Right now, Apple’s M1 Mac computers do not support Windows, which means that virtualization software like Parallels or dual booting tools like Boot Camp will not let Mac users run Windows. However, it seems that Apple isn’t completely closed to the idea of an M1 native version of Windows to make its way onto their new Macs.
Apple’s computers have typically never really been known for their gaming capabilities. While they do play games just fine, Mac users probably can’t really expect to run games at the same higher level settings that PC gamers can, so the question is, with the new M1 chips that ditches Intel and AMD, how will Apple’s computers handle games?
Apple made huge claims when they announced their new M1 chipset. While “impressive”, many initial reactions all suggested that these claims were rather vague as Apple did not really dive into specifics and showed off graphs and charts that did not really have any context, leading many to wonder if the new M1 chipsets could live up to the company’s claims.
With Apple taking a huge gamble and ditching Intel and its x86 processors, the company is really banking on developers to start developing apps that are native and optimized for their M1 chipsets. This is because without a solid ecosystem, no matter how powerful the chipsets are, no one would want to adopt them.
With the new M1 chipsets that Apple has introduced to its computer lineup, apart from the promise of high-performance, one of the things that really stood out during the presentation was Apple’s claims of insane battery life. The company touted anywhere between 15-20 hours on the new 13-inch MacBook Air and MacBook Pro.
While Macs aren’t exactly known for gaming, some developers do choose to create Mac versions of their games in addition to Windows. Blizzard is one those developers where the company has been known to create Mac versions of their games alongside Windows, and not just as an afterthought.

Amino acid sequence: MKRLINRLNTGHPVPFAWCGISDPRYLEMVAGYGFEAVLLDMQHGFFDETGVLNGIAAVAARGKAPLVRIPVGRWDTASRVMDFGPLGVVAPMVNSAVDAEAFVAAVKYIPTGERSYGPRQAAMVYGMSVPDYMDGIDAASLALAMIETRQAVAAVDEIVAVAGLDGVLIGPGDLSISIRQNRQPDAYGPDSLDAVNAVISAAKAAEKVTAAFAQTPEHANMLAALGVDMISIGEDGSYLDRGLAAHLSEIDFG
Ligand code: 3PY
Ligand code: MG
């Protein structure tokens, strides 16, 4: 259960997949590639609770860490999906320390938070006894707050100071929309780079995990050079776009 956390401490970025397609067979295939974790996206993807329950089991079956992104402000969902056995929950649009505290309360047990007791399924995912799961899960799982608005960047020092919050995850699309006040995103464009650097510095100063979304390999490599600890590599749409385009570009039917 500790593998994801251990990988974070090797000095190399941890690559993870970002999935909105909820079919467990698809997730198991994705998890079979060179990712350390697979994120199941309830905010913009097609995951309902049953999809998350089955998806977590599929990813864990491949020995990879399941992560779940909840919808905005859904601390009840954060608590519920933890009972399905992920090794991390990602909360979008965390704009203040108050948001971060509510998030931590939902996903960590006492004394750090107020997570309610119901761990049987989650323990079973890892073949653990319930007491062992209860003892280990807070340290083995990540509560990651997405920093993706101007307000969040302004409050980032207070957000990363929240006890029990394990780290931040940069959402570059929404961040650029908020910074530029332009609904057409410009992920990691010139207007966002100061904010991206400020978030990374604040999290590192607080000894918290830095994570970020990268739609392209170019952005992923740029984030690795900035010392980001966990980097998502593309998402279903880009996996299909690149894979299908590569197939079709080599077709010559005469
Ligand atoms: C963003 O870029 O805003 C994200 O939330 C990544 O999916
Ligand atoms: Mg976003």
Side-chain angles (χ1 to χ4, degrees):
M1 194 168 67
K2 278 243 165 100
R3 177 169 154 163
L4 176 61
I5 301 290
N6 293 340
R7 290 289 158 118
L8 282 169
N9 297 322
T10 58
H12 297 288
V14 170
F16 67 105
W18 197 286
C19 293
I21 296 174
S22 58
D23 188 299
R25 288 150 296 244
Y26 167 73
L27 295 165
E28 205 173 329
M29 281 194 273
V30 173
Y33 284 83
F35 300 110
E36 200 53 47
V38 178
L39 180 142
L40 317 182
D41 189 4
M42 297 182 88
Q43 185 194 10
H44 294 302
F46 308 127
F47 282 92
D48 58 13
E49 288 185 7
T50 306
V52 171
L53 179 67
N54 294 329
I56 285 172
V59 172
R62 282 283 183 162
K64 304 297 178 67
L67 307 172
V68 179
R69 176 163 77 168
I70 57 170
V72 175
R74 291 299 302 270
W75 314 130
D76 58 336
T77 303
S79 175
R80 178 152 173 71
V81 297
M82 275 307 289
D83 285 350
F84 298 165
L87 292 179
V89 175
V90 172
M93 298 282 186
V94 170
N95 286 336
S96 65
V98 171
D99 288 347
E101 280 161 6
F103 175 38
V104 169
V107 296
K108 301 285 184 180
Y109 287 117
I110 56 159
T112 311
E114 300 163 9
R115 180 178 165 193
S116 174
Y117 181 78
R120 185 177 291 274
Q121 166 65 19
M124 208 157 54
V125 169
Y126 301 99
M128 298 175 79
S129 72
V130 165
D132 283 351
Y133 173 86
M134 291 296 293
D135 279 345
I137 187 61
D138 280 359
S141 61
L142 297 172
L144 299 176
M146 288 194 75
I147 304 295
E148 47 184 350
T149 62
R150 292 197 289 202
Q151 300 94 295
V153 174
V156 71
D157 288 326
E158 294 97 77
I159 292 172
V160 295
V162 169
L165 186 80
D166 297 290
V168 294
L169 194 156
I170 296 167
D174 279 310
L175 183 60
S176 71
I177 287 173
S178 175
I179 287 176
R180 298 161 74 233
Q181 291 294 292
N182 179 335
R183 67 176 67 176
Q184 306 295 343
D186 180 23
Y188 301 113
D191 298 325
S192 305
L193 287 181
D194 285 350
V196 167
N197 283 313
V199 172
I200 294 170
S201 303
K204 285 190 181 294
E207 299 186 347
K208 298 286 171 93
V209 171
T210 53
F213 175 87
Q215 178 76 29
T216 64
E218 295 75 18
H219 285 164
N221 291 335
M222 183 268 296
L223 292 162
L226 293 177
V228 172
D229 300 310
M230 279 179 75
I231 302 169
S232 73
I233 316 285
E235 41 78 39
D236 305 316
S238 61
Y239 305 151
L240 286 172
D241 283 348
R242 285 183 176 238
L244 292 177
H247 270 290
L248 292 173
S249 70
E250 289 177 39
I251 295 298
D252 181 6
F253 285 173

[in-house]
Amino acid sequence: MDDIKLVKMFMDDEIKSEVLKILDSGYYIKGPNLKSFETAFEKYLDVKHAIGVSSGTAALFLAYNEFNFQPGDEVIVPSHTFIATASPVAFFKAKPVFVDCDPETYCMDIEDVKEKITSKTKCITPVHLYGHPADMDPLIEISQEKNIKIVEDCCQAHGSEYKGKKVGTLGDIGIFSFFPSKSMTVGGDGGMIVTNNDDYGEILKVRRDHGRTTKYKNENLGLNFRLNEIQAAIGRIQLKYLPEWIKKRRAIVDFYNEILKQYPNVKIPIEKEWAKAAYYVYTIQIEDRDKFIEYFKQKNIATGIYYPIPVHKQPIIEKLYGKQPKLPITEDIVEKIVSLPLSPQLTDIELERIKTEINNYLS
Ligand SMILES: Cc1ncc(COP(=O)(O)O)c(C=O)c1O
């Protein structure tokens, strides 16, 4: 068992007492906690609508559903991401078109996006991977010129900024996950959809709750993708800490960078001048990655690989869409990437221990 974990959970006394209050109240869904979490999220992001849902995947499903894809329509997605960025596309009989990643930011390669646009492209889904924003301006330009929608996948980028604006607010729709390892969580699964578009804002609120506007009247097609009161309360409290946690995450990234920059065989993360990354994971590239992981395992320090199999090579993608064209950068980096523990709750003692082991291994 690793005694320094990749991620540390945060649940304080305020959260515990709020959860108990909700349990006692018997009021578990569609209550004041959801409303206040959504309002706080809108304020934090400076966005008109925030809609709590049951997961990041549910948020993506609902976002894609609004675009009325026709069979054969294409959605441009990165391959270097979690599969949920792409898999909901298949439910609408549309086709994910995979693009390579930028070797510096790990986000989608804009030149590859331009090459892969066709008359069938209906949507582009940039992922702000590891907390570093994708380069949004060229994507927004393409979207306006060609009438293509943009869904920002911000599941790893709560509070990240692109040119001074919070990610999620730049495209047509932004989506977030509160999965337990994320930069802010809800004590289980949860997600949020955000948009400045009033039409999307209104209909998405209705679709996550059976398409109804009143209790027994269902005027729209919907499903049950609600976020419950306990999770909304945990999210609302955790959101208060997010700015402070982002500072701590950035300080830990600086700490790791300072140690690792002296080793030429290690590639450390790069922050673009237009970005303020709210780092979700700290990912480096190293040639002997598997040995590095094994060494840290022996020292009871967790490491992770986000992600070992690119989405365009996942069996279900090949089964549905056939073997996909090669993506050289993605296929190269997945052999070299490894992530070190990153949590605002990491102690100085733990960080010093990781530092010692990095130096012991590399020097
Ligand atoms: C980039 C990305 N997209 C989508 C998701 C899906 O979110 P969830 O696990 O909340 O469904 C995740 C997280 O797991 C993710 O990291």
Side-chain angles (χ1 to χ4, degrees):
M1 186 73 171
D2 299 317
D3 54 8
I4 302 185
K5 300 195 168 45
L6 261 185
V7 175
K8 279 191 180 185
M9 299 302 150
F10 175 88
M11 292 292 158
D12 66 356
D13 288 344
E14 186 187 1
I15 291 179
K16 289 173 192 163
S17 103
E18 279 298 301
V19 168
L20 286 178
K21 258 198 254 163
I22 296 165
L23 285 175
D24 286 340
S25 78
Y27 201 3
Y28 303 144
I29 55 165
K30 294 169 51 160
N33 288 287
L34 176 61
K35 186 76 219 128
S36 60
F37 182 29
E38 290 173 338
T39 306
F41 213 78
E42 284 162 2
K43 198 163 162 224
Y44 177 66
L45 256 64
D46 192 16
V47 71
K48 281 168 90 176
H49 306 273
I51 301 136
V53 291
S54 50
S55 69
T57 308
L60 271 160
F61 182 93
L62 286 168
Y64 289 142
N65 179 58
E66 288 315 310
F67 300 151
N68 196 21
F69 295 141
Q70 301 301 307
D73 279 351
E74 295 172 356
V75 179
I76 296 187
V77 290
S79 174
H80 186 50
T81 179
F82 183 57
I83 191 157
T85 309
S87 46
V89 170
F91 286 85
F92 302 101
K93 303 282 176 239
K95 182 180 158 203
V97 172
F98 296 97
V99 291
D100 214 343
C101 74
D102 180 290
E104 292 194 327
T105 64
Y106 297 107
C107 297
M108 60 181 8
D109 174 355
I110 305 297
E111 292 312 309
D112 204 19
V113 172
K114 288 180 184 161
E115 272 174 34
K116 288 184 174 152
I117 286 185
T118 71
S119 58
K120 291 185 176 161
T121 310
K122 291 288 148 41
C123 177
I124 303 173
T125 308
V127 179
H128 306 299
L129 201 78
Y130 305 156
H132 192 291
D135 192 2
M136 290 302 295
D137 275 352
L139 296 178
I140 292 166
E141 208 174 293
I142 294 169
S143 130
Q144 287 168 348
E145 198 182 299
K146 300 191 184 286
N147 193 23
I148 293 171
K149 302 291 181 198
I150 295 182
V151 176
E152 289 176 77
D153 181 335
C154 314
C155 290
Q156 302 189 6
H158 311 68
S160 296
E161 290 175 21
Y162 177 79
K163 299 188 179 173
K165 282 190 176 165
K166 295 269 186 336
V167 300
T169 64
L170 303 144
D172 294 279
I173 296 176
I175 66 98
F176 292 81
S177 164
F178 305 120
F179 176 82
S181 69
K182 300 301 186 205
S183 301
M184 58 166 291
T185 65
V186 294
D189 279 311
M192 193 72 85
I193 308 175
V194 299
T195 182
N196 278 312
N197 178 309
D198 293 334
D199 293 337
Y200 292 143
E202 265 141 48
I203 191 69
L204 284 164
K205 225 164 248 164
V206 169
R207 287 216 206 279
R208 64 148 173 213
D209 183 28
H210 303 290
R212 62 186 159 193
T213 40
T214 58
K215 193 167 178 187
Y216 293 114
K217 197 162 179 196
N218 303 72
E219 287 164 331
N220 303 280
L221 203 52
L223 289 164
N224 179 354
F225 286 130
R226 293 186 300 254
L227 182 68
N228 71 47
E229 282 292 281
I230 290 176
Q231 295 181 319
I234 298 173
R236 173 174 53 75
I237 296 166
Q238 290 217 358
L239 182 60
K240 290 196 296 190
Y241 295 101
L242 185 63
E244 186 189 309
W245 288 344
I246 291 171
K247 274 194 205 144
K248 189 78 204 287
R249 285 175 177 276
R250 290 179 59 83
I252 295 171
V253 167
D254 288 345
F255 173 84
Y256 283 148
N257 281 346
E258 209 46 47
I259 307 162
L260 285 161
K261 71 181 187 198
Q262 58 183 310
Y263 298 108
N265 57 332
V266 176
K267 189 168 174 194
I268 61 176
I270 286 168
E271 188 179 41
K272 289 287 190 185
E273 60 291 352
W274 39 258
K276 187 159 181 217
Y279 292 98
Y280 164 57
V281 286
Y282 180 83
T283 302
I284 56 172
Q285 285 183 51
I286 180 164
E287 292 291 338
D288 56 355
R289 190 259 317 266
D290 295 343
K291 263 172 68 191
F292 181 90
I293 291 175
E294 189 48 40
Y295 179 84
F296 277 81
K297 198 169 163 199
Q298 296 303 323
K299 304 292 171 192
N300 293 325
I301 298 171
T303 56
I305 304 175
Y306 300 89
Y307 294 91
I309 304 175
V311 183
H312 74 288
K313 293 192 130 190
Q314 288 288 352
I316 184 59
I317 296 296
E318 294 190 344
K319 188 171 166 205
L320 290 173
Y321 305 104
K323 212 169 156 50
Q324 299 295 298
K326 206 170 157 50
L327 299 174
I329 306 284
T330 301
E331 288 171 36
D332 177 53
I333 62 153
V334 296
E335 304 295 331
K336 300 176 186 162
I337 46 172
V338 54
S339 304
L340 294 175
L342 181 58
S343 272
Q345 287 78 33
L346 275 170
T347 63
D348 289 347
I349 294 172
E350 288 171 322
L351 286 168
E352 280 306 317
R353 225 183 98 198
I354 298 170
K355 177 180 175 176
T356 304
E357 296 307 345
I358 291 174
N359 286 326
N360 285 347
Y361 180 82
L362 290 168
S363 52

The reviews of Apple’s M1 computers are in and for the most part, they are extremely positive where many are praising the performance of these computers. However, one common thread that all these reviews have is that for now, there aren’t many apps that have been optimized for the new M1 chipset.
With Apple’s new M1 SoCs, Apple pretty much ditched using discrete GPUs that are found on some of their previous Mac models, like AMD. While we under that Apple wants to become more self-reliant, there is the question of how good Apple’s own GPUs are in the M1, and how it might hold up against the competition.
To help deal with the fact that there won’t be a ton of native M1 compatible apps available right out the gate, what Apple has done is reintroduce its Rosetta translation software, which comes in the form of Rosetta 2. Basically what this does is that it helps “translate” and emulates x86 apps so that they can run the new M1 chipset.
With every iOS and macOS update, it feels like Apple is one step closer to marrying the two operating systems, resulting in a series of devices that blend together the technology of the iPhones and Mac computers. With the launch of the M1 chipset, a chipset that’s based on the A-series found in the iPhone and iPad, it certainly feels that way.
Ever since Face ID was introduced to the iPhone, many have been wondering if the day could come that Apple might bring it to the Mac. After all, they did bring Touch ID to MacBook laptops, so why not Face ID, right? Now that the M1 MacBook laptops have been released, it seems that we could be one step closer.
Apple has made a lot of claims about the new M1 chipsets that they’re using in the new 13-inch MacBook Air and MacBook Pro. We have no idea how they’ll perform in real-world tests, but benchmarks have shown that they are crazy powerful and even beat out Apple’s own Intel Core-i9 16-inch MacBook Pro.
Apple has announced that its next major update to its macOS operating system, Big Sur, is now available for the general public. For the most part, it is a rather typical update with various improvements and new features, but what makes this version of macOS so important is that it is the first macOS to support the new Apple M1 chipsets.
Apple made some pretty bold claims when they announced their new M1-powered MacBook laptops. These claims were rather vague and left many wondering what Apple meant when they said that it outperforms other computers. While we’re eagerly anticipating the reviews of these laptops, it appears that benchmarks could have validated some of Apple’s claims.